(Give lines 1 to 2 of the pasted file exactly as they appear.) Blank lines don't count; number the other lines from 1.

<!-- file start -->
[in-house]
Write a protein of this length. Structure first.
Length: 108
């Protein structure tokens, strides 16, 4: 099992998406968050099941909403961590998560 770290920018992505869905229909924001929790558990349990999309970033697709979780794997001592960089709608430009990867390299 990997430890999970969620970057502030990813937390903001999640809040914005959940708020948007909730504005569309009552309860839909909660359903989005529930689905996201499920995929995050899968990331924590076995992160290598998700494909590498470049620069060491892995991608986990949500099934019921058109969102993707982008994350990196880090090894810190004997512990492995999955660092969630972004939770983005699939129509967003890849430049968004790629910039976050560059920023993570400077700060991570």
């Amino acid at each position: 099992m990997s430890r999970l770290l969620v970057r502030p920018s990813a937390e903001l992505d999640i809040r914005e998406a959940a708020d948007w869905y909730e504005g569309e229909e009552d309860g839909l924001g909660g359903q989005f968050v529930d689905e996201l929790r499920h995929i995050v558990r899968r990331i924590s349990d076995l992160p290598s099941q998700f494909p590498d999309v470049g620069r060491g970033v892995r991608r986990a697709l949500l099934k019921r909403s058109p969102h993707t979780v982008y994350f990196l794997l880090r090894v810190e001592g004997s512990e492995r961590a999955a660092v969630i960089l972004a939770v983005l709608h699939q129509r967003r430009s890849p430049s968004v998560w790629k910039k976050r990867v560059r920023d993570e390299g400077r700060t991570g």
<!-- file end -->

[in-house]
Write a protein of this length. Structure first.